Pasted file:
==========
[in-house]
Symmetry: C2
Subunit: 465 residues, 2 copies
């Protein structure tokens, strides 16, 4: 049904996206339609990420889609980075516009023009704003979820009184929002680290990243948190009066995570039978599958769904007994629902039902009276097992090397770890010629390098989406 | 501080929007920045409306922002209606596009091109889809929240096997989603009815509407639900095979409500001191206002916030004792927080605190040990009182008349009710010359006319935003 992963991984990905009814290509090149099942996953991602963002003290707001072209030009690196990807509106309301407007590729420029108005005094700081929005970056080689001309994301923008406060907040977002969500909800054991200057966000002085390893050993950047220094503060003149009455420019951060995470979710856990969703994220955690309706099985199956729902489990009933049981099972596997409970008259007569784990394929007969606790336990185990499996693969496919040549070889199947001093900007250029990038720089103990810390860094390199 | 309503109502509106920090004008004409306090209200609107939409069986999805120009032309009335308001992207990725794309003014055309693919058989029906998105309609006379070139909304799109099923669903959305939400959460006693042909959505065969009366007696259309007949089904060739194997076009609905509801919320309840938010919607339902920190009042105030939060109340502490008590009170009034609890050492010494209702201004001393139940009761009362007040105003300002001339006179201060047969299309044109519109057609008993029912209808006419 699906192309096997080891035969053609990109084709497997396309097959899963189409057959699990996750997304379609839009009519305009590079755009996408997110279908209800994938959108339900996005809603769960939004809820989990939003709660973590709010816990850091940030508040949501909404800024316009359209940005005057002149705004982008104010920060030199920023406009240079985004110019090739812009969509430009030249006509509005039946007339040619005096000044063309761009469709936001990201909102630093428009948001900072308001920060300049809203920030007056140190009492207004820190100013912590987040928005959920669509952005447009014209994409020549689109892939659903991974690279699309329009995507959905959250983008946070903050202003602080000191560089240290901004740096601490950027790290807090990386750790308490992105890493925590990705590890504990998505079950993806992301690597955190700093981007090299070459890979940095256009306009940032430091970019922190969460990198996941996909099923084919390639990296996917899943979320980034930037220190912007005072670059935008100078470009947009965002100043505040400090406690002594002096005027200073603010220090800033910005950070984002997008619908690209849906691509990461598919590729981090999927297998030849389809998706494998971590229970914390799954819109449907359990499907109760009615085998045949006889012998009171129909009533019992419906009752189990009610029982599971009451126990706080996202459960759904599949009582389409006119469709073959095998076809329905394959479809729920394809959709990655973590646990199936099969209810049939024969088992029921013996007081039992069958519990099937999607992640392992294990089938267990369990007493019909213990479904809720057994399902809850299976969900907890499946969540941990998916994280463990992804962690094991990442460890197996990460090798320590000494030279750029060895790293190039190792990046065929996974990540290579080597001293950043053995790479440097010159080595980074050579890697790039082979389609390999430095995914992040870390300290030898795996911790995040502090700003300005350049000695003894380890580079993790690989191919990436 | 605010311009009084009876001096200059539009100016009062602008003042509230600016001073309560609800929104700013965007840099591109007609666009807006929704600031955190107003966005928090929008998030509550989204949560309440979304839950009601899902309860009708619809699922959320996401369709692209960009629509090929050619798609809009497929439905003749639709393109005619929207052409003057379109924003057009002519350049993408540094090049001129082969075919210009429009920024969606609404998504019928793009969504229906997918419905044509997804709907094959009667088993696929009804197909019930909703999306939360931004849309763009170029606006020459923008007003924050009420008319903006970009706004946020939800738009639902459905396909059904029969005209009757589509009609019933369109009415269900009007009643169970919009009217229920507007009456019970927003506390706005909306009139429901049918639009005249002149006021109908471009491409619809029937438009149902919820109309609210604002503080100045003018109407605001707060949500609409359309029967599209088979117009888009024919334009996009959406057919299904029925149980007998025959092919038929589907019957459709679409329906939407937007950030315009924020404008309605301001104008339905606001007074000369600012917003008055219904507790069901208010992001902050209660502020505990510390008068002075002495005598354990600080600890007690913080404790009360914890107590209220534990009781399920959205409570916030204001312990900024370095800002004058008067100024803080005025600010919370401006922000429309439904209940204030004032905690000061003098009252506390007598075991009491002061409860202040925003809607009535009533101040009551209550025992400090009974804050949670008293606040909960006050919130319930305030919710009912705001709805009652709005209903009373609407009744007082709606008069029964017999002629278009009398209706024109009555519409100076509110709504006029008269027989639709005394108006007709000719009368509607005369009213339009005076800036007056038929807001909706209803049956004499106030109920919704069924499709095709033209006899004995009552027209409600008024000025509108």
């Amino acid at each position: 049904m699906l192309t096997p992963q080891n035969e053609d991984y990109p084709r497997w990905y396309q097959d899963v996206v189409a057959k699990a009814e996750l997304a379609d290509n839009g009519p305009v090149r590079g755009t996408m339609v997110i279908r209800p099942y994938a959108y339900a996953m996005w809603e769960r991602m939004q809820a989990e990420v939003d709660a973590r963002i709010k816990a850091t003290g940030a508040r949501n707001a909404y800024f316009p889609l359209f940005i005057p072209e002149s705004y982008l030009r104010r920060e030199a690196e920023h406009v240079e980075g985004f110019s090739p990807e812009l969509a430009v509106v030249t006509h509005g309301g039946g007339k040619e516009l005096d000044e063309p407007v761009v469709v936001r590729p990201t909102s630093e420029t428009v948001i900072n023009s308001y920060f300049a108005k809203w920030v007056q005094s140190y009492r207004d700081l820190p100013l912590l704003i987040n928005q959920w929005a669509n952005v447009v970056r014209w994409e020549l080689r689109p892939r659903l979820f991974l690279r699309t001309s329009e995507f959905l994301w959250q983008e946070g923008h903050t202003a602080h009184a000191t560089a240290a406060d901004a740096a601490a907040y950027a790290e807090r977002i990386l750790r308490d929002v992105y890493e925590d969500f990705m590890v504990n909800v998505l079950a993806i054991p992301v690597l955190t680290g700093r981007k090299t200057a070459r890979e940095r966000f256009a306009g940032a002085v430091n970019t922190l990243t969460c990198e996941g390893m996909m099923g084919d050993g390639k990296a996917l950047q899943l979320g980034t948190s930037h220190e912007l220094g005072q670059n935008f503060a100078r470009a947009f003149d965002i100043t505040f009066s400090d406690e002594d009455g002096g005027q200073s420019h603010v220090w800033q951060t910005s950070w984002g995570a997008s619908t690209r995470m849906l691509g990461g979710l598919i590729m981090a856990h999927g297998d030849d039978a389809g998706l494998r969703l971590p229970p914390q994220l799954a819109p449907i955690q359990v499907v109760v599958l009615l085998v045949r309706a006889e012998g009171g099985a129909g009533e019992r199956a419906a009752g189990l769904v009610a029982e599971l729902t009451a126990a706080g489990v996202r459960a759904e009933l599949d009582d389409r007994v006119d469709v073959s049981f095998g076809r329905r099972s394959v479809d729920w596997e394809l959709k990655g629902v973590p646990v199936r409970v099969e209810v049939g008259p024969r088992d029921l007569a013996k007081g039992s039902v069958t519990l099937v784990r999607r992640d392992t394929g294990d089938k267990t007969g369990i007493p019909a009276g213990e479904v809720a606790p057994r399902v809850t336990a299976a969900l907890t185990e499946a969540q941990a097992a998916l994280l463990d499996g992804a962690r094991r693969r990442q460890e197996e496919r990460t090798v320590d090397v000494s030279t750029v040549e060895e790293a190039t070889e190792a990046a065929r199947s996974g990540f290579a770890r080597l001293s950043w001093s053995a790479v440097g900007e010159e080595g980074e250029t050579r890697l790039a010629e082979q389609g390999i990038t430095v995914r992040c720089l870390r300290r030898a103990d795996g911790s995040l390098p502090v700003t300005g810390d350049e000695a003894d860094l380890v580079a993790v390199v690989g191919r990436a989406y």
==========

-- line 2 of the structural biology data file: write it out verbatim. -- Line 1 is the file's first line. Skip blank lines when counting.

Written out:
Symmetry: C2